Kathryn Gillis

Ride down the highway with a geologist, and you will never look at roadcuts in the same way. These dynamited cliffs along roadsides expose rocks that had previously been inaccessible. Geologists studying these road cuts can decipher the processes that shaped these rocks and the surrounding landscape. Marine geologist Kathy Gillis studies the seafloor equivalent of road cuts. Faults along the seafloor at the mid-ocean ridges have ripped open the ocean crust, creating rifts in the seafloor that are as deep as six kilometers. For Kathy, the exposed ocean crust provides a window into the processes that take place under the seafloor.

Kathy in Oman - writing notes as she is mapping the geology. Oman has an ophiolite, a sequence of rocks that is thought to be similar to the oceanic crust.

The ocean crust is born at the mid-ocean ridges. There the earth’s tectonic plates spread apart and volcanic eruptions bring magma to the surface. Like a giant conveyor belt, the plates then carry the newly formed ocean crust away from the ridges until it is subducted beneath another plate. During this 100 million-year journey, the crust undergoes many changes. One of the chief culprits is seawater that circulates beneath the seafloor. This water triggers chemical reactions and deposits and removes chemicals and minerals from the crust.

The greatest changes to the crust take place in the beginning of the journey at the mid-ocean ridges. Magma heats up the water that has seeped down into the crust to as high as 750°C. The extreme heat triggers many chemical reactions. Metals and other elements leach from the crust. The scalding seawater then rises back up through the crust and spews forth from the seafloor at hydrothermal vents, carrying with it the metals leached from the crust. These metals form ore deposits on the surface of seafloor.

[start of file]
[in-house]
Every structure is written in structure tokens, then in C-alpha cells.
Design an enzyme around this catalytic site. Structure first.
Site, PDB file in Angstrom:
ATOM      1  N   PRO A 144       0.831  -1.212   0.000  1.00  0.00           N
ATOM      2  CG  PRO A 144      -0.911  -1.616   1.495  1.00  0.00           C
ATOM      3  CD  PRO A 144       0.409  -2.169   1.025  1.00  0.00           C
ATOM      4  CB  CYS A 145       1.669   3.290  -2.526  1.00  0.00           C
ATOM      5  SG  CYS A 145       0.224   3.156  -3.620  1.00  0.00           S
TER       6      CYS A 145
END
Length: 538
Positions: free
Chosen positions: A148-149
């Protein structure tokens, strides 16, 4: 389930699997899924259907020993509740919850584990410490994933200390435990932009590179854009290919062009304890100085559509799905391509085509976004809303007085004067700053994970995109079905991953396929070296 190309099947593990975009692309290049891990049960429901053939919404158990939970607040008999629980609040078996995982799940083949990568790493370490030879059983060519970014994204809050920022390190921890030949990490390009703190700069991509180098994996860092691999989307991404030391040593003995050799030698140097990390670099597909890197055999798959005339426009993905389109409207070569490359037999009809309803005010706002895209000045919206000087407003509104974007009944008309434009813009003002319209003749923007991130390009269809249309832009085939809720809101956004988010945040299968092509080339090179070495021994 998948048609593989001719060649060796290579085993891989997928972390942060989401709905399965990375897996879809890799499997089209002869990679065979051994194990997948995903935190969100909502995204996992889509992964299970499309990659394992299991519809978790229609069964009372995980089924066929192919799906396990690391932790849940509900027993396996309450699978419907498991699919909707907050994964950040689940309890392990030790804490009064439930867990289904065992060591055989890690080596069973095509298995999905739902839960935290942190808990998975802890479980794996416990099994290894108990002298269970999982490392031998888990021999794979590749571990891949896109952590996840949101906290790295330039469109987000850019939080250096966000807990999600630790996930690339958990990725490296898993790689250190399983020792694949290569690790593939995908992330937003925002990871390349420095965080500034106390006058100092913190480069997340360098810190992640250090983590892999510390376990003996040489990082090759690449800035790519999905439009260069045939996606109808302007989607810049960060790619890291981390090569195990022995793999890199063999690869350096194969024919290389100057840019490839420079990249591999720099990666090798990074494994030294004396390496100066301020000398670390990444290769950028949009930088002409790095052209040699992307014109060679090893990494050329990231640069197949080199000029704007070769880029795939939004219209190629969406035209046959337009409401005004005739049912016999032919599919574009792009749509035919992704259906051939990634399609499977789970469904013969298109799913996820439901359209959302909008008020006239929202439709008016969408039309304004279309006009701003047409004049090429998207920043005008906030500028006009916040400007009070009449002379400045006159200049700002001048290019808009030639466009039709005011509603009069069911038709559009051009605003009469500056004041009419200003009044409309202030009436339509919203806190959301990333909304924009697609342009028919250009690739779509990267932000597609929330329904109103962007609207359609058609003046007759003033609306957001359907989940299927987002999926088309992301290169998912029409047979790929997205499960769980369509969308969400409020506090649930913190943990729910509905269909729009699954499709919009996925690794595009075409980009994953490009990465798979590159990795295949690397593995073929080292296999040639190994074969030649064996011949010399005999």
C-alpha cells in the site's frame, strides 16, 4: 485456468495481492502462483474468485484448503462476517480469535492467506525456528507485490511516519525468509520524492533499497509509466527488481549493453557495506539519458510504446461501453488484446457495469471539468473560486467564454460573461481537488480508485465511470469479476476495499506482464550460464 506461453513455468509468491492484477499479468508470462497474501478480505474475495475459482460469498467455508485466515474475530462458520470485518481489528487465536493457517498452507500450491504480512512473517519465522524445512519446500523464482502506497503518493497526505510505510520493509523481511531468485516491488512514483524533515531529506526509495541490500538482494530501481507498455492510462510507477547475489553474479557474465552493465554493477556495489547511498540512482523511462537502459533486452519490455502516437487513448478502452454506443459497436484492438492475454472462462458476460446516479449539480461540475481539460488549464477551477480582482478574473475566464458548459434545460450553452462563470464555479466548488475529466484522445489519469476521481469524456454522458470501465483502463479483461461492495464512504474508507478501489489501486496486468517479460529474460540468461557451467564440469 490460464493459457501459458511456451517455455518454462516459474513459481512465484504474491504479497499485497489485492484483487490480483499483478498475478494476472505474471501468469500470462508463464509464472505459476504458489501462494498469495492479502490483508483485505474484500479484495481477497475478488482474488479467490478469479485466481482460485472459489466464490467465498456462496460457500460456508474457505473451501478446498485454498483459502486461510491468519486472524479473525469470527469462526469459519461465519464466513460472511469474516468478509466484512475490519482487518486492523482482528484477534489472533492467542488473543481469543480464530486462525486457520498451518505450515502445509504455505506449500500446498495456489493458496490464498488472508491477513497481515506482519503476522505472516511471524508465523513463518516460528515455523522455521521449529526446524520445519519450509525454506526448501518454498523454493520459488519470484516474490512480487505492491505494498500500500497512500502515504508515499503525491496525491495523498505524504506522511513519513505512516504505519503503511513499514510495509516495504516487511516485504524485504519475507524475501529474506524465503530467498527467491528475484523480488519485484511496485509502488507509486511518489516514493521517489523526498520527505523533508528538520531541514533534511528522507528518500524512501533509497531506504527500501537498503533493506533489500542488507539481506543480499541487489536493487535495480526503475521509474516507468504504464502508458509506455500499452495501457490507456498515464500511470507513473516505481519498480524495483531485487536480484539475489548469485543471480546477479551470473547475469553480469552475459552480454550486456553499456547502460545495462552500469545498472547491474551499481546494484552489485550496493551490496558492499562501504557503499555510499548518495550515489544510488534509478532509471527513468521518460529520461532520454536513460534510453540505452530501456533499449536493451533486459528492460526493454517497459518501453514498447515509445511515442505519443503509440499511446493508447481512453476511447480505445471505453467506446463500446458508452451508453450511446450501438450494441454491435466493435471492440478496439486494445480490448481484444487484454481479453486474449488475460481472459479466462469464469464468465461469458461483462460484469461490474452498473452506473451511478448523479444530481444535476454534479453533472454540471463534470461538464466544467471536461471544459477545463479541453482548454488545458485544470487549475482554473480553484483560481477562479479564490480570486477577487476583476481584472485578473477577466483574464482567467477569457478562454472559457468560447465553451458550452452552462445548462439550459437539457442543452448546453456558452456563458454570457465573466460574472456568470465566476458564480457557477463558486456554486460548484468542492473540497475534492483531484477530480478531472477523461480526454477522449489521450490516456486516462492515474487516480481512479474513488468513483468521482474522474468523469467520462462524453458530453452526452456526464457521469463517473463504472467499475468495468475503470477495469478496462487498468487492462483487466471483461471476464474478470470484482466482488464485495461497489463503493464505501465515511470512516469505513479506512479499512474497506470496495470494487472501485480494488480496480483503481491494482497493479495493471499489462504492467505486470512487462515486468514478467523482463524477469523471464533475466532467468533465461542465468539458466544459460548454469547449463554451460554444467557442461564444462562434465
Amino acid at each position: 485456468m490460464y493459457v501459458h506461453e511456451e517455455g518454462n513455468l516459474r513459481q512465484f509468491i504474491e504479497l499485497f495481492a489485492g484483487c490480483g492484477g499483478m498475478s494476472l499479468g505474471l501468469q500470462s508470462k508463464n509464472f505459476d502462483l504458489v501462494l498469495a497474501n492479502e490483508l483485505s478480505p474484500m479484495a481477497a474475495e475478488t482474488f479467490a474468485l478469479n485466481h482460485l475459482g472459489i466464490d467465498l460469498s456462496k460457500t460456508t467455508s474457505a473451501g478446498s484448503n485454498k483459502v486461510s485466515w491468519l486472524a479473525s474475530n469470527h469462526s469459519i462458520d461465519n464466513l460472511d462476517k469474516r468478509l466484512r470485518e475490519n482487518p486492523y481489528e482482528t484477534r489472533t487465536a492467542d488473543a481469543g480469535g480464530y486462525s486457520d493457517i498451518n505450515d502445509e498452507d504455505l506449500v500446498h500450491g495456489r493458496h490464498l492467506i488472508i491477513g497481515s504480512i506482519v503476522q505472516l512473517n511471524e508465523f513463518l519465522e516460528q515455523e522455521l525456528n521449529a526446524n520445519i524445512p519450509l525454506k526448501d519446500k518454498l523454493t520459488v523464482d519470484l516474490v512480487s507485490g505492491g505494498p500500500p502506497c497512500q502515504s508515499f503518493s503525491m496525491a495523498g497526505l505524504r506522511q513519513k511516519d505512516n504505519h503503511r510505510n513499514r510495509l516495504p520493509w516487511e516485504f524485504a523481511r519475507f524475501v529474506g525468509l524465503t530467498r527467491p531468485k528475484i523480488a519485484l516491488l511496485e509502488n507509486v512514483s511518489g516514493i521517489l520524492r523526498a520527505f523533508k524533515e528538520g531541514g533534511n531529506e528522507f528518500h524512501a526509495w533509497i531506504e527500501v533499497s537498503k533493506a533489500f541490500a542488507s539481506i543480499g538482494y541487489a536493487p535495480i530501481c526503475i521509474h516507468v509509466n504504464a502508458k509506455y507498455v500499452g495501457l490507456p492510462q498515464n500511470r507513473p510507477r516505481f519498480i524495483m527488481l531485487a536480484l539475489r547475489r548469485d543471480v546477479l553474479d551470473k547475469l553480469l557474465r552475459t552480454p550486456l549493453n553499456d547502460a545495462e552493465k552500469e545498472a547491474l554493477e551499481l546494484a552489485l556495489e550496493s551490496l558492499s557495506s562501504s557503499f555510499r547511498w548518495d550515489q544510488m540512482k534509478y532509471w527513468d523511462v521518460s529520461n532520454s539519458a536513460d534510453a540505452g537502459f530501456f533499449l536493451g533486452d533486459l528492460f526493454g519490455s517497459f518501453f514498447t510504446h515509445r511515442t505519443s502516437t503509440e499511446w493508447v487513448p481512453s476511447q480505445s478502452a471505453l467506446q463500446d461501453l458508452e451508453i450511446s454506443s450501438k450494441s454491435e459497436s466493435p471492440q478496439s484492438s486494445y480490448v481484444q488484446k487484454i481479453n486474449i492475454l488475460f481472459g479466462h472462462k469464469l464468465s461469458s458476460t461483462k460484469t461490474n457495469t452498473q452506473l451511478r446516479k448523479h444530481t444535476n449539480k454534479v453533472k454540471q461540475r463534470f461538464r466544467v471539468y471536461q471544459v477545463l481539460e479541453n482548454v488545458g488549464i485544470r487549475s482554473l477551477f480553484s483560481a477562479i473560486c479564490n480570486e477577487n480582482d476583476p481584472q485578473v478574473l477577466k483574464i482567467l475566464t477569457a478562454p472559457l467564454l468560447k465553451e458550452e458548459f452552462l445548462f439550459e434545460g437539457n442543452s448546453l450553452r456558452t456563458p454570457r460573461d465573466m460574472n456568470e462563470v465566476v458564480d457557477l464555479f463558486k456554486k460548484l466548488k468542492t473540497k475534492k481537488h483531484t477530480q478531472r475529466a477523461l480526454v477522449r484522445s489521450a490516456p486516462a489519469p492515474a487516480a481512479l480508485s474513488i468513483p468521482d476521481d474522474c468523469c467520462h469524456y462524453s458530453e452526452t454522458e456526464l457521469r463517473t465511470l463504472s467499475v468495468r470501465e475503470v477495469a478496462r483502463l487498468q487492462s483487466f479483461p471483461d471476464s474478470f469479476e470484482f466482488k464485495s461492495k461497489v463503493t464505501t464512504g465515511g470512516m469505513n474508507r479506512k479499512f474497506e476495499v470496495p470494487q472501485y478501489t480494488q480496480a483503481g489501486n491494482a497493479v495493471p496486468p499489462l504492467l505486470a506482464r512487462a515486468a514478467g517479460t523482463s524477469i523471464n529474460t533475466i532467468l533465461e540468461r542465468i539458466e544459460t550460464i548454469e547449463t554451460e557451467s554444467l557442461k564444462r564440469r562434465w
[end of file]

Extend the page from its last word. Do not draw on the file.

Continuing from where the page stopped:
Kathy is particularly interested in the paths that the water takes beneath the seafloor and how it interacts with the crust. She is finding the answers in the outcrops and rifts on the seafloor.

Unfortunately, these outcrops and rifts are much harder to get to than road cuts. Kathy has dived in research submarines such as Alvin to observe and photograph these bluffs and to collect samples. She has examined cores from the Ocean Drilling Program. She also studies formations of ocean crust that are now on land. Although these structures, called ophiolites, differ somewhat from typical ocean crust, it is possible to visit them again and again.

Back in the lab, Kathy dissects the rock samples. Based on the minerals that have formed and the presence or absence of certain metals, she can determine the amount of seawater that was within the crust and the temperature of that water. She also examines tiny capsules of fluid trapped in the minerals to see how these fluids changed as they reacted with the crust.

Photomicrograph of a thin section of a rock from the lower part of the oceanic crust.

On a recent research cruise, Kathy dove on the walls of the Hess Deep; a rift that is five kilometers deep. There she observed half-a-million years of history. There were solidified magma chambers, sheeted dikes, which are the feeders that bring magma to the seafloor, ancient conduits where hot fluids flowed, and crust that was between half-a-million and a million years old. Some of the preliminary results were surprising. It had long been assumed that most of the reactions between water and crust took place deep in the ocean crust close to the magma chambers. However, Kathy and her colleagues have found evidence that sheets of lava (dikes) moving up towards the seafloor may have heated the water enough to trigger many of these reactions close to the surface. In fact, Kathy is working on a hypothesis that water may even enter the hot magma chamber. If true, her next challenge would be to figure out how this affects the formation of ore deposits on the seafloor.